Itsy bitsy teeny weeny

I’ve been pleased to see over the past week that there has been a lot of publicity in the UK about plastic pollution in the seas. It seems that if David Attenborough highlights an issue, the public will finally sit up and take notice. Well, thank goodness someone has this power.

It’s relatively easy to show the horrible effects of things like plastic bags and balloons on sea creatures, but tiny fragments of plastic are a problem too and it’s these that I have been thinking about recently. Plastic fibres and microbeads enter the food chain at the smallest level and are particularly insidious – many plankton are unable to distinguish between plastic and real food, so ingest the former indiscriminately, potentially causing their guts to be blocked (you can read more about this and follow the linked references in this article).


Pure woolly warmth

And so, I have been considering ways that I can reduce the tiny bits of plastic that I am responsible for in the environment. I’m not sure that I have ever used a product containing microbeads, and I certainly don’t use any now. I think that my biggest source of micro-plastics, therefore, is from fibres originating from fabrics. Years ago we were all delighted to wear garments made of synthetic fleece made from recycled plastics, but now we discover that every time we wash these clothes, we are putting more fibres into the water. So, no more fleece jumpers for me – my two new ones are both pure wool. The same is true for any manmade fibres and so I’m trying (mostly)  to phase them out. A while back I was happy to use upcycled acrylic yarn to make bath puffs, but now I think it’s best avoided. My new dishcloths are cotton and when we get round to replacing carpets and curtains they too will be made of natural fibres.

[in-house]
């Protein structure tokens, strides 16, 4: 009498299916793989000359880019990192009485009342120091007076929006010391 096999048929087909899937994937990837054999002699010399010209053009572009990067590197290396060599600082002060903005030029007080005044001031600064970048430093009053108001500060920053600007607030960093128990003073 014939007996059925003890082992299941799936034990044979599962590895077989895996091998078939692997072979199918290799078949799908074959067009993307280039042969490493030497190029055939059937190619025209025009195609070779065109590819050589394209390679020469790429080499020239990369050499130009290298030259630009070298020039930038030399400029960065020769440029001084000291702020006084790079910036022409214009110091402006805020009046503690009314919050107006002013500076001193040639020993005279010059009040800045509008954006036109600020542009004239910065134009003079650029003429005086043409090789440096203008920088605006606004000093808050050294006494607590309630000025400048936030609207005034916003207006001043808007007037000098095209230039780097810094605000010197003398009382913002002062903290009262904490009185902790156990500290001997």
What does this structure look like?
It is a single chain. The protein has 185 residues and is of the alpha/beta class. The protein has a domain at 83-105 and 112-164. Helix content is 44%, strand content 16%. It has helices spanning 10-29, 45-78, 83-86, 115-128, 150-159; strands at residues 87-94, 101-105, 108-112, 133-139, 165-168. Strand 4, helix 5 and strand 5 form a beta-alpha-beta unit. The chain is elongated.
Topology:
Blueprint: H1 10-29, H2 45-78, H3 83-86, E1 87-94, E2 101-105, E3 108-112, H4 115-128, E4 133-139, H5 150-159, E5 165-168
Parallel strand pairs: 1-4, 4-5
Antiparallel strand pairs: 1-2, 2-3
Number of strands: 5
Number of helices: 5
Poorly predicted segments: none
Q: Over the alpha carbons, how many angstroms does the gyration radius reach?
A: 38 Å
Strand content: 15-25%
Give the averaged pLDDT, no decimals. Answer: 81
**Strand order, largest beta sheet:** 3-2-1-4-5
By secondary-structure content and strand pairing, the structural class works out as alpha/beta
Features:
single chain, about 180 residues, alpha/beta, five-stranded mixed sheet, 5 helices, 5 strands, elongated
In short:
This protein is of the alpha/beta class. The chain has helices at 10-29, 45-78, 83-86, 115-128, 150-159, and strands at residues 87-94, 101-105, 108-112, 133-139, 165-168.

Now I think about it, I don’t know for sure the composition of any of the carpets in our house because they are the ones that were here when we moved in. I do know, however, that none of my curtains contain manmade fibres, so I can feel happy about those. And this brings me round to being concerned about how we dispose of items made of manmade fibres. If I decide that I would like to have a new wool carpet, what do I do with the old one of unknown composition? Similarly – is it better keep wearing my fleeces until they wear out and then replace them with something kinder to the environment or dispose of them right away so that I am not continuing to add to microplastic pollution? And if the latter, what do I do with them?

I don’t have any answers to these quandaries and I’m wondering what approach anyone else takes. Suggestions most welcome.

%d bloggers like this: